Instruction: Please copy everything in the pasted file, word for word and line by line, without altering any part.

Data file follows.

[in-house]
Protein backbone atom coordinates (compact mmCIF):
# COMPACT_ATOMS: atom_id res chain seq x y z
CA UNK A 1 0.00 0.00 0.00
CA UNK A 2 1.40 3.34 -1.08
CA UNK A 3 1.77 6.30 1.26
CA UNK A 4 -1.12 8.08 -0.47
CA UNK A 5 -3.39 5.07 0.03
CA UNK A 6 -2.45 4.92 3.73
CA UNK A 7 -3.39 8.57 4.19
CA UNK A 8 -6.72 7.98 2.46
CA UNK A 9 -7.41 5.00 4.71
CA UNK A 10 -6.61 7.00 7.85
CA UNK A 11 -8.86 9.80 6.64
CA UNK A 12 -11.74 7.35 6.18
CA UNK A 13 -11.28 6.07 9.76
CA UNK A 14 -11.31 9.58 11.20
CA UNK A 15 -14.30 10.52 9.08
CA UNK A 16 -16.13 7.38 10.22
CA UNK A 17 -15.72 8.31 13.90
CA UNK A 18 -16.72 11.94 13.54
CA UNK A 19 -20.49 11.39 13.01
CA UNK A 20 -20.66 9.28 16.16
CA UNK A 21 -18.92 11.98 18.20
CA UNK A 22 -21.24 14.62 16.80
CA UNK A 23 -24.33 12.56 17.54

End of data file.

[in-house]
Protein backbone atom coordinates (compact mmCIF):
# COMPACT_ATOMS: atom_id res chain seq x y z
CA UNK A 1 0.00 0.00 0.00
CA UNK A 2 1.40 3.34 -1.08
CA UNK A 3 1.77 6.30 1.26
CA UNK A 4 -1.12 8.08 -0.47
CA UNK A 5 -3.39 5.07 0.03
CA UNK A 6 -2.45 4.92 3.73
CA UNK A 7 -3.39 8.57 4.19
CA UNK A 8 -6.72 7.98 2.46
CA UNK A 9 -7.41 5.00 4.71
CA UNK A 10 -6.61 7.00 7.85
CA UNK A 11 -8.86 9.80 6.64
CA UNK A 12 -11.74 7.35 6.18
CA UNK A 13 -11.28 6.07 9.76
CA UNK A 14 -11.31 9.58 11.20
CA UNK A 15 -14.30 10.52 9.08
CA UNK A 16 -16.13 7.38 10.22
CA UNK A 17 -15.72 8.31 13.90
CA UNK A 18 -16.72 11.94 13.54
CA UNK A 19 -20.49 11.39 13.01
CA UNK A 20 -20.66 9.28 16.16
CA UNK A 21 -18.92 11.98 18.20
CA UNK A 22 -21.24 14.62 16.80
CA UNK A 23 -24.33 12.56 17.54